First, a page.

Parallels between the hindsight bias and the misleading information paradigms are obvious. Both lines of research query whether information stored in the memory might be less accessible after being confronted with inconsistent new information. The experimental designs of both research traditions show strong similarities.
Important differences: In the misleading information paradigm, the original information is presented by the experimenter. In hindsight bias studies however, the original estimates are generated by the subjects. Misleading information is presented unobtrusively without the subjects being aware of its misleading nature. Outcome information given in hindsight studies is explicitly labeled as the correct information.

Hindsight bias theoretical and empirical work
More recent studies have come up with models that enable precise forecasting of the strength and direction of the hindsight distortion, using a quantitative basis. Researchers are also attempting to determine how far hindsight decisions affect a person´s trust in their own judgements. They are also trying to determine how far such decisions affect a person´s impression of their competency in future decisionmaking on the same subject. Another interesting point to be examined is the relationship between hindsight bias and the attribution of responsibility.

Hindsight bias theoretical explanations
Although there is a wealth of literature on hindsight distortions, the underlying
mechanisms are not yet fully understood. Attempts of explanation were given in three major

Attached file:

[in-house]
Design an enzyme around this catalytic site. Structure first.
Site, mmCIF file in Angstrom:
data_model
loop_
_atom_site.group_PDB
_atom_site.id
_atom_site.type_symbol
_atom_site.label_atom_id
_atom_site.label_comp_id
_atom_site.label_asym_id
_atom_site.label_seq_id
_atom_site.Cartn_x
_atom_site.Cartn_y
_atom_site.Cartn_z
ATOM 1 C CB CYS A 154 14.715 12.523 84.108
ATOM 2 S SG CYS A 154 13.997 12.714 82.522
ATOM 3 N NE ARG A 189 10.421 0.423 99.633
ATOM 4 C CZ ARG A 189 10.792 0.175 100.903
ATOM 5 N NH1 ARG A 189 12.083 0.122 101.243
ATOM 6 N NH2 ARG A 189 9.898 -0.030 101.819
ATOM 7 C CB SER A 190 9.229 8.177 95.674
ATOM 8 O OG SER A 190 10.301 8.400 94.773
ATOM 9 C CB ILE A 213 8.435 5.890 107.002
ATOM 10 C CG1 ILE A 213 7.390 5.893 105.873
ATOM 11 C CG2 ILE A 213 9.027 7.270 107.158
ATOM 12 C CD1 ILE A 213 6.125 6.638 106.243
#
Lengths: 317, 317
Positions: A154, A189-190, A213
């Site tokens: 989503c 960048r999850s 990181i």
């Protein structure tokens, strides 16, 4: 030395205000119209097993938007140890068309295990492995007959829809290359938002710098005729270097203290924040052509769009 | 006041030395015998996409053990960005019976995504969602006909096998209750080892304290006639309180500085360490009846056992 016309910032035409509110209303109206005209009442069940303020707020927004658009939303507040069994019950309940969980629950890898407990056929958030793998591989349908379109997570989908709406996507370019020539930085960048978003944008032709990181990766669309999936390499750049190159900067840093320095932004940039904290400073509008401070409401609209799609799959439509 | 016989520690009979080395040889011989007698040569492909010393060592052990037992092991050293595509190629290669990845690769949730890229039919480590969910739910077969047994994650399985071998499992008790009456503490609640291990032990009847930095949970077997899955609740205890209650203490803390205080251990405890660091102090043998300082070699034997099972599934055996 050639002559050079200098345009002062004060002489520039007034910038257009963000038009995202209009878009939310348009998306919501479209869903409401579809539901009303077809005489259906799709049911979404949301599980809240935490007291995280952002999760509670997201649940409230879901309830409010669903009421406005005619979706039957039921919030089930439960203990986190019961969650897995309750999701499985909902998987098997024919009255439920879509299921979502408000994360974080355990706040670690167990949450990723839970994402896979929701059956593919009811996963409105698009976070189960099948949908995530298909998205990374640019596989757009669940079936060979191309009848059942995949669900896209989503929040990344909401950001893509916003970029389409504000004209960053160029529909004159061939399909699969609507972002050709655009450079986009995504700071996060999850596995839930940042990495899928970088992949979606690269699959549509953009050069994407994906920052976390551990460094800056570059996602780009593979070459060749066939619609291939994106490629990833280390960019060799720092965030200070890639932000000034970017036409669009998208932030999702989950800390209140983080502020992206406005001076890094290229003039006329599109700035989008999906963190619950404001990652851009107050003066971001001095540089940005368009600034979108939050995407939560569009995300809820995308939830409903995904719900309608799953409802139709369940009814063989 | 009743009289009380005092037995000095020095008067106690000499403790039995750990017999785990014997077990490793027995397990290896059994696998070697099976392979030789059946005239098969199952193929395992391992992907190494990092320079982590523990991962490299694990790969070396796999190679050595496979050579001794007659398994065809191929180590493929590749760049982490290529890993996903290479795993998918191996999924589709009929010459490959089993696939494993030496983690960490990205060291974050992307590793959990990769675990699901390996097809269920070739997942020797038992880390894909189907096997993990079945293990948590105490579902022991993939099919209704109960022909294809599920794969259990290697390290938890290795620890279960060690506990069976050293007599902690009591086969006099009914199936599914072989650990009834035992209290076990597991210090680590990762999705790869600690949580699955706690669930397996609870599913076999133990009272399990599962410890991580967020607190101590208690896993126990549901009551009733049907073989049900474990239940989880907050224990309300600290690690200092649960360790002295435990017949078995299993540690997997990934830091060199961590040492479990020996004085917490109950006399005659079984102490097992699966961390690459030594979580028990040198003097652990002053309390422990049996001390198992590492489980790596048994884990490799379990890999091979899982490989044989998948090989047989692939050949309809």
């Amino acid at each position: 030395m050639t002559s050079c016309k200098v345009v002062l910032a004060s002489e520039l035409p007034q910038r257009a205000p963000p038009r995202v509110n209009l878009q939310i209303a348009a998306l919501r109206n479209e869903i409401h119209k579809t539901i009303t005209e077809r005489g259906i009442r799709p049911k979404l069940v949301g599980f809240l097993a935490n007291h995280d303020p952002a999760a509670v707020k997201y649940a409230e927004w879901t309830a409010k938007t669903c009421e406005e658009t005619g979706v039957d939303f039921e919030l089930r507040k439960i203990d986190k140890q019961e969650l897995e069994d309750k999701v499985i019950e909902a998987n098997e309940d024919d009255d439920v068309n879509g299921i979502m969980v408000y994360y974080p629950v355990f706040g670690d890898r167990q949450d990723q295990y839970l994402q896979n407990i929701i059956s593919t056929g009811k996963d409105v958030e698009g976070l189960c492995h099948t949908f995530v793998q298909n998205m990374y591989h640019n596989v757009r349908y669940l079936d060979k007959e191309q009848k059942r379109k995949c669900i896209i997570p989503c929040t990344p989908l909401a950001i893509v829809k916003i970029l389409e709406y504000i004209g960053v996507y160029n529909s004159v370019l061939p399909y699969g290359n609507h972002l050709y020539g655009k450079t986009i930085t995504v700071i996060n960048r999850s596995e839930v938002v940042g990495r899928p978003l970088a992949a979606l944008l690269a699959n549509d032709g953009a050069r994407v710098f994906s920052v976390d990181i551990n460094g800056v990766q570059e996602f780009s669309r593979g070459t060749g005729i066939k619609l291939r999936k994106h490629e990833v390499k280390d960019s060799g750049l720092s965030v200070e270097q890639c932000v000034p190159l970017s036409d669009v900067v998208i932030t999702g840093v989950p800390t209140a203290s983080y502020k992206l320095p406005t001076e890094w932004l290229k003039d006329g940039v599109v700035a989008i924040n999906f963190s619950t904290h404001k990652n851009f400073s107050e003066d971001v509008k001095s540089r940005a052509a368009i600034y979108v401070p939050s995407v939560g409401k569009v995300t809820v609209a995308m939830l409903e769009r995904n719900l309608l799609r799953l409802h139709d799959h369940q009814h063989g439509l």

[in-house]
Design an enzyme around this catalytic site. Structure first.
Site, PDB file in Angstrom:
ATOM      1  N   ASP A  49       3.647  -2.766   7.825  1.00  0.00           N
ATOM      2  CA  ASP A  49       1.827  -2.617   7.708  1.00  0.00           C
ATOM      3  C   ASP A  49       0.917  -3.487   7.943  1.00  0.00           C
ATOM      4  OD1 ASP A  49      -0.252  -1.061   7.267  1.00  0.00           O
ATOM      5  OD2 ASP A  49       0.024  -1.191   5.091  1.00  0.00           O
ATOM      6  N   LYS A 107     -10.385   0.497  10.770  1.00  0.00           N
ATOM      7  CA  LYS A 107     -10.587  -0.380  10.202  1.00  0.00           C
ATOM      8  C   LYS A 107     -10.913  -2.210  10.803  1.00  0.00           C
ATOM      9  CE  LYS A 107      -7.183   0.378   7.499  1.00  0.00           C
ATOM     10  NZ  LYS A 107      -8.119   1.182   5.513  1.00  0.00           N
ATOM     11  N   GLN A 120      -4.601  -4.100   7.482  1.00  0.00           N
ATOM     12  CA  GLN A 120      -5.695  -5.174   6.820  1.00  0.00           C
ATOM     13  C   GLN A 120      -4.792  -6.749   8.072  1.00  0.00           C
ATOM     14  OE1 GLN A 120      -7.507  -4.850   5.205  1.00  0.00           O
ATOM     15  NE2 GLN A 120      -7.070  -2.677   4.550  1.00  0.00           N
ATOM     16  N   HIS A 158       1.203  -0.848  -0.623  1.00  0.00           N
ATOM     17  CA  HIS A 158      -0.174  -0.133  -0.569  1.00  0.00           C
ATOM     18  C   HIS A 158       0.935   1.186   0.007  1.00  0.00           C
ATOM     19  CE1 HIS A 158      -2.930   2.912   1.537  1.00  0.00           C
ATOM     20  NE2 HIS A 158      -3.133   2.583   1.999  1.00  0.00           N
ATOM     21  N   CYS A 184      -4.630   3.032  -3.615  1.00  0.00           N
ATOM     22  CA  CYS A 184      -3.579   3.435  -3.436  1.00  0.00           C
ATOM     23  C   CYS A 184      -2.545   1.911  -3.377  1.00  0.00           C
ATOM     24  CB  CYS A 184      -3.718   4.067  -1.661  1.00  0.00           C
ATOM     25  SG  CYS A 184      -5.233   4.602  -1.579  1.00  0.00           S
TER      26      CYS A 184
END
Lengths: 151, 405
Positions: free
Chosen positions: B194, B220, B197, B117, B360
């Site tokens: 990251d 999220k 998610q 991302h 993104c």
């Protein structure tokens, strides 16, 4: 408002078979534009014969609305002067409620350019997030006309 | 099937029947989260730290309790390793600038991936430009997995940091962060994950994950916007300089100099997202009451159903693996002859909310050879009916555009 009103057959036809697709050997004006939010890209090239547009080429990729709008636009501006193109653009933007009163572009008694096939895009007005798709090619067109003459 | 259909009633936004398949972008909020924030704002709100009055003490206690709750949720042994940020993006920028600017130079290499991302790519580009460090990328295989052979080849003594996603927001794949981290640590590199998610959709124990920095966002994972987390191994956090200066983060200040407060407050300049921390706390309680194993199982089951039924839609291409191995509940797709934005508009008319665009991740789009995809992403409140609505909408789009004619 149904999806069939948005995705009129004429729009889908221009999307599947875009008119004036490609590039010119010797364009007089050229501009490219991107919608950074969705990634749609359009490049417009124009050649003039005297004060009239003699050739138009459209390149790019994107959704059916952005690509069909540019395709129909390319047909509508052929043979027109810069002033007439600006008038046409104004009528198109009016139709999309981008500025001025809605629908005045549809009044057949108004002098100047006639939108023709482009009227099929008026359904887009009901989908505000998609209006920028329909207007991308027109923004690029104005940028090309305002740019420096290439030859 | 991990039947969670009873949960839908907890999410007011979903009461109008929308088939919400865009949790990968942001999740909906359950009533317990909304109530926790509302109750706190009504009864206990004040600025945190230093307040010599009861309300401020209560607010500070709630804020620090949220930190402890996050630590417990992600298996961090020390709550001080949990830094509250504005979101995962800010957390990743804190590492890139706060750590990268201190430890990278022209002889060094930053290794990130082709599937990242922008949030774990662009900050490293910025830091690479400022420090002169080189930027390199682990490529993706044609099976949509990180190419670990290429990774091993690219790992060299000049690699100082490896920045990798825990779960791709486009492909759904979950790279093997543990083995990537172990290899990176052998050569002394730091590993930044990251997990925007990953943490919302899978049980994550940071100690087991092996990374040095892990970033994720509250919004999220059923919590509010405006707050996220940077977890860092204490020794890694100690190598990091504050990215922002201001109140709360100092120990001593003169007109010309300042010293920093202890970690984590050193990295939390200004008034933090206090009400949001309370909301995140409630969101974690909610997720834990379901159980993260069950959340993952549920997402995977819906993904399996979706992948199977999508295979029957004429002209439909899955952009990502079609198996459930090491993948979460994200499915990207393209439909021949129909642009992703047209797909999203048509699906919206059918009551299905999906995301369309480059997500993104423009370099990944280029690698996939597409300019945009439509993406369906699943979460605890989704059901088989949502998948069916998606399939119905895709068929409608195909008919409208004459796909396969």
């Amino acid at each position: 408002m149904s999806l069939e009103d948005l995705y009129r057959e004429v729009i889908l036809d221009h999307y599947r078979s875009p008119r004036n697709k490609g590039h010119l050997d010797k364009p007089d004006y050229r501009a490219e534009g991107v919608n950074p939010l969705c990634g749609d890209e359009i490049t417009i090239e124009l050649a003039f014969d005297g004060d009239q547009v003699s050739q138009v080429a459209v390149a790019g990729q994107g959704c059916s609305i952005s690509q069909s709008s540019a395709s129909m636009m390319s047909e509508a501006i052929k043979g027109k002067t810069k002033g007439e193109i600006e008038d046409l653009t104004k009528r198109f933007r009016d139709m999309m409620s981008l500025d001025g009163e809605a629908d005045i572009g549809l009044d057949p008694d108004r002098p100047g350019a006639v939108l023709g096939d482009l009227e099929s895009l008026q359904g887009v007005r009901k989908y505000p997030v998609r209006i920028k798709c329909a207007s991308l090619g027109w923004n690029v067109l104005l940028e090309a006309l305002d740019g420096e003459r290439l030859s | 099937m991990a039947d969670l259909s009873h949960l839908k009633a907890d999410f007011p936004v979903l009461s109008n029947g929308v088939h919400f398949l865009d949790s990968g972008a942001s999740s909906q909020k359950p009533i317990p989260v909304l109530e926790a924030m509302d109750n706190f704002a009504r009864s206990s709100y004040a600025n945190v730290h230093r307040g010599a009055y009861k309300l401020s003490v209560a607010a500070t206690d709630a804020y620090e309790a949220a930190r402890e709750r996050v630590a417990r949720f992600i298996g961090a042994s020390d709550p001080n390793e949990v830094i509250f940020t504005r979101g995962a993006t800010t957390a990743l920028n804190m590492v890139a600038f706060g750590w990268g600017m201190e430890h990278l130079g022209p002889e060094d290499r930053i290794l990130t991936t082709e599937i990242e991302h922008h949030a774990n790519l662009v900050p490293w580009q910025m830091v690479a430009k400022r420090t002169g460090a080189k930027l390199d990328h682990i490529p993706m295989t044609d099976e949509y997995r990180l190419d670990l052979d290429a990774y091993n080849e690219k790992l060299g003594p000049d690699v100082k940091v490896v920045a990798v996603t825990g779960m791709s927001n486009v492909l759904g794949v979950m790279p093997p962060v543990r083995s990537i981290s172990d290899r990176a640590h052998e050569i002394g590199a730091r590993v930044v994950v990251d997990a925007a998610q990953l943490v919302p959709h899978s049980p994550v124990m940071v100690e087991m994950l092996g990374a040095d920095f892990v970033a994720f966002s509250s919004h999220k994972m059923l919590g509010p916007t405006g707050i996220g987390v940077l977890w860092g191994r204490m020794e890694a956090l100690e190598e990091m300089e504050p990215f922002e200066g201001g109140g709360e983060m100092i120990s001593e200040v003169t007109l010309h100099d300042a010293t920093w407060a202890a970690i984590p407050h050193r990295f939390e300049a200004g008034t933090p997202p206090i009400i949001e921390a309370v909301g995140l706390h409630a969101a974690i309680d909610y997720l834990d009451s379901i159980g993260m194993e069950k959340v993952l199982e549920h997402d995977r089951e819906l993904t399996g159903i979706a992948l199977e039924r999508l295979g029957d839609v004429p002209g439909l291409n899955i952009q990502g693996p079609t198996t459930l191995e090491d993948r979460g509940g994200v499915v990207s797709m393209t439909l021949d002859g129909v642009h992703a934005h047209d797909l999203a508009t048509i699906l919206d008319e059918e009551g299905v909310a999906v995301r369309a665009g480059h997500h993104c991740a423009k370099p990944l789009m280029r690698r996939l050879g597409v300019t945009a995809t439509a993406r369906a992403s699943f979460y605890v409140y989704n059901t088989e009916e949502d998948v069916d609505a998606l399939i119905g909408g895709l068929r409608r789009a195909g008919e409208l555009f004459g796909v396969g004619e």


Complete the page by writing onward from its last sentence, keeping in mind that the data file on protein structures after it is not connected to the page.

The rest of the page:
theoretical areas: Models of
memory impairment
state that outcome knowledge affects memory for previous judgements by either altering
or erasing existing memory traces, or by rendering them less accessible. Other attempts
to explain the hindsight bias are based on assumptions that these distortions are driven by
motivations.
An alternative explanation is that people use distorting heuristics while
reconstructing
their original judgements.

history
The subject of economic history is anything in history that is subject to economic explanations. Application of formal theory or statistical analysis of data may be relevant, although it is possible to make a contribution without either, e.g. with a case study or a contextual reinterpretation. Historians tend to be focused on what happened, how, and why, not on the question of whether a model fits the evidence. history

HLM
Statistical software for Hierarchical Linear Modeling, from Scientific Software International.

HodrickPrescott filter
Algorithm for choosing smoothed values for a time series. The HP filter chooses smooth values {s_{t}} for the series {x_{t}} of T elements (t=1 to T) that solve the following minimization problem: min { {(x_{t}s_{t})^{2} ... etc. } Parameter l>0 is the penalty on variation, where variation is measured by the average squared second difference. A larger value of l makes the resulting {s_{t}} series smoother; less highfrequency noise. The commonly applied value of l is 1600. For the study of business cycles one uses not the smoothed series, but the jagged series of residuals from it. See Cooley, 1995, p 2729. That HP filtered data shows less fluctuation than firstdifferenced data, since the HP filter pays less attention to high frequency movements. HP filtered data also shows more serial correlation than firstdifferenced data. For l=1600: "if the series were stationary, then [this choice] would eliminate fluctuations at frequencies lower than about thirtytwo quarters, or eight years."